The exploration of the link between mental health conditions and creativity or genius is nothing new. Books such as Touched with Fire by Kay Redfield Jameson, as well as A Beautiful Mind, by Sylvia Nasr, grapple with this complex subject. The Power of Different: The Link Between Disorder and Genius, a new book by psychiatrist Gail Paltz, provides another dimension to this conversation, one that will be of particular interest to parents and educators, as it encourages them to look for and encourage the strengths in children that have “different abilities.
While not denying the very real challenges that children and adults with mental health conditions and learning disabilities face, Saltz’ book makes an important contribution to helping to remove the stigma associated with these conditions.
In a CNN.com story about the book, Saltz says, “Our default, as a society and even for parents whose child has learning difficulties or mental health disorders, is to focus on the weakness. We’re very invested in fixing, and we tend to be focused on the negative, whatever the negative is. Make it better so everything is good. It’s an understandable means of reacting, but it becomes so embedded, and it’s not really the best path.”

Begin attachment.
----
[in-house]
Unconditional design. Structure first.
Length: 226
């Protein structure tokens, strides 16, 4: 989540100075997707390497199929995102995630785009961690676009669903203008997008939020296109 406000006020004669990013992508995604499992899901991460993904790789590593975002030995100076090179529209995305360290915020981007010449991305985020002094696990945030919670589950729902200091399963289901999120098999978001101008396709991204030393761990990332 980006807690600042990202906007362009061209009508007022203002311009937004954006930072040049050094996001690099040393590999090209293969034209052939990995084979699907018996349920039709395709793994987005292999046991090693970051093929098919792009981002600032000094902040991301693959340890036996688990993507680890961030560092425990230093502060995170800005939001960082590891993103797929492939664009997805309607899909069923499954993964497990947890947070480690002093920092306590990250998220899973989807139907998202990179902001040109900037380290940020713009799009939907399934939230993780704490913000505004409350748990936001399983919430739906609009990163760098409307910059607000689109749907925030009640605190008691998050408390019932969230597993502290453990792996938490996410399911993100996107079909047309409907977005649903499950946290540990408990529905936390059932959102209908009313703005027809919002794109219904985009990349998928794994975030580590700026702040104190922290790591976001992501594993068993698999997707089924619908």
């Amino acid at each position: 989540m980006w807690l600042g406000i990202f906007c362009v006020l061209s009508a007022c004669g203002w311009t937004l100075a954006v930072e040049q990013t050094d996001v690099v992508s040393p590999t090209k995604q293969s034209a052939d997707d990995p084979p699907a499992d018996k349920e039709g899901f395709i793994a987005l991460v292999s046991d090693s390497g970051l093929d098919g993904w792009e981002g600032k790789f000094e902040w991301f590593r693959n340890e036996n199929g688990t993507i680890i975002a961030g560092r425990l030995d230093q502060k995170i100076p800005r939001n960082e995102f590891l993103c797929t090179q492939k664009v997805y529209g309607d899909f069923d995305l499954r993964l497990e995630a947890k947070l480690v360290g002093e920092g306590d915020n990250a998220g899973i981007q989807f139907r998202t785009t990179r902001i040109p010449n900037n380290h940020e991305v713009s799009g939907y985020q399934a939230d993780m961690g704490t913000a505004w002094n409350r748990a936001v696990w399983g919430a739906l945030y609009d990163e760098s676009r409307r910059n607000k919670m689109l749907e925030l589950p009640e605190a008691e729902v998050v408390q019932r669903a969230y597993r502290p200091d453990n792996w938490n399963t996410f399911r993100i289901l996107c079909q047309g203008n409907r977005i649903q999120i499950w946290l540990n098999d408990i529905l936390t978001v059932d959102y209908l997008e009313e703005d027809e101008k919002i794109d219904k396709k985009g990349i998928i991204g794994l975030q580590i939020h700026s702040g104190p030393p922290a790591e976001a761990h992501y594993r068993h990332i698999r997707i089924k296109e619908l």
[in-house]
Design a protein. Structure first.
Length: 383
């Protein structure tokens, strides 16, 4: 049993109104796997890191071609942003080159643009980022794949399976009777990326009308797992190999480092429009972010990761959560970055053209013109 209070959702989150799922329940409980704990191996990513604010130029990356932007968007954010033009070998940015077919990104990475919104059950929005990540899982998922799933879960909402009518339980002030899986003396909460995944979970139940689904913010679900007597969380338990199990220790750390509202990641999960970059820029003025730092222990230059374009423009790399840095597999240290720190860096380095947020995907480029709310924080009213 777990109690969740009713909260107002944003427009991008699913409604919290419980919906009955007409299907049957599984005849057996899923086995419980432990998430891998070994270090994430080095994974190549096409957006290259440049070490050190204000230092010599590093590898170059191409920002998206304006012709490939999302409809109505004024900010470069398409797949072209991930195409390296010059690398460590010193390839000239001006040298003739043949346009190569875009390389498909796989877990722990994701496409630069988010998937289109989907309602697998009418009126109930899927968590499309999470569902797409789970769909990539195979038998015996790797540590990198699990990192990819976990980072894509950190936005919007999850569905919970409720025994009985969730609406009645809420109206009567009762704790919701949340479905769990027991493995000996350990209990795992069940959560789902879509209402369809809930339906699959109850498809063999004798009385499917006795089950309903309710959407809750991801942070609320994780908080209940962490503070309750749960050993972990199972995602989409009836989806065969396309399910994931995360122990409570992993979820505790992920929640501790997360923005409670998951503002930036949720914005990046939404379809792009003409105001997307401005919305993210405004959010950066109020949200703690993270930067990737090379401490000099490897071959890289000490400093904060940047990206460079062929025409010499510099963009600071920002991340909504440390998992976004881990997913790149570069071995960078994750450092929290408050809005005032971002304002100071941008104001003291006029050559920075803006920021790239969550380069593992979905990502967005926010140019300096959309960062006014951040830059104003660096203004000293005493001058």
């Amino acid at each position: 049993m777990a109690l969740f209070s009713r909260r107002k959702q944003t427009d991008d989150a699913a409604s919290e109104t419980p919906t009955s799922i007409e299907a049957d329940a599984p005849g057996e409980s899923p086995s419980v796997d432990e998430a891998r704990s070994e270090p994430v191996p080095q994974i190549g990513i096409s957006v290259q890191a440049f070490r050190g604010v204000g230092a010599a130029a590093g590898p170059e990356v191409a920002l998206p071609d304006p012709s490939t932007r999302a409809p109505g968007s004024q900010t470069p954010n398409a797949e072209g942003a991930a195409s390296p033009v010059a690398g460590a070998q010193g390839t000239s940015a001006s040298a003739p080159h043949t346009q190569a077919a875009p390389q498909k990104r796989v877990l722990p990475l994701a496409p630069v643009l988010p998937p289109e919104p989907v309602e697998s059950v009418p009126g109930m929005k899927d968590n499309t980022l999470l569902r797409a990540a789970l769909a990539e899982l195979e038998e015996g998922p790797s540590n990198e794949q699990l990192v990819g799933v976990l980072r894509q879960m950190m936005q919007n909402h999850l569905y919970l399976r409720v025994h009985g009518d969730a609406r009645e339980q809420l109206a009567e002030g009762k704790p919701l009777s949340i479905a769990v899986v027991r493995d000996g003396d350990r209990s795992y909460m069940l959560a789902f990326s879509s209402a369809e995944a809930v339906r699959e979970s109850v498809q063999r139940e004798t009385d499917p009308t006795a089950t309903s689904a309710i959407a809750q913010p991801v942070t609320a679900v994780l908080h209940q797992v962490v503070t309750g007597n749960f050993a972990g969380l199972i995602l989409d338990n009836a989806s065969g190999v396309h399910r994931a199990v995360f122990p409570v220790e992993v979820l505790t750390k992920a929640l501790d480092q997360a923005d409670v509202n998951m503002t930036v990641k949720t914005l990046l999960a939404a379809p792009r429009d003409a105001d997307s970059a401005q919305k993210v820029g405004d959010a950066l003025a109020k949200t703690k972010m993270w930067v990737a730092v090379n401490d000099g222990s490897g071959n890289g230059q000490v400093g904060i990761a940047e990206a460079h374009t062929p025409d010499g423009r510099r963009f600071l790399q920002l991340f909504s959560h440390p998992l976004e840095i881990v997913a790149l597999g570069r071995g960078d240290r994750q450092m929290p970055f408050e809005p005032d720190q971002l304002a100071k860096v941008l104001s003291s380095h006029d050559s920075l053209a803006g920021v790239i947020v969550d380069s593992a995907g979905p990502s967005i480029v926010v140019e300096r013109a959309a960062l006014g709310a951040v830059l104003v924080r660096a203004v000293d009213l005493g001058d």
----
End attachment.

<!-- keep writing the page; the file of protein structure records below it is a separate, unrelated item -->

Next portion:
Saltz believes that for those supporting or working with children and adults with psychiatric or learning disabilities, 20% of time should be spent focusing on challenges and 80% on exploring and enhancing strengths.
Resources for further exploration:
- Read an excerpt from The Power of Different here.
- A Closer Look at Mental Illness’ Link to Creativity (The Huffington Post)
- Where Do Mental Illness And Creativity Meet? (TED Radio Hour, NPR)
- The Real Link Between Creativity and Mental Illness (Scientific American)
- How Yayoi Kusama, the ‘Infinity Mirrors’ visionary, channels mental illness into art (The Washington Post)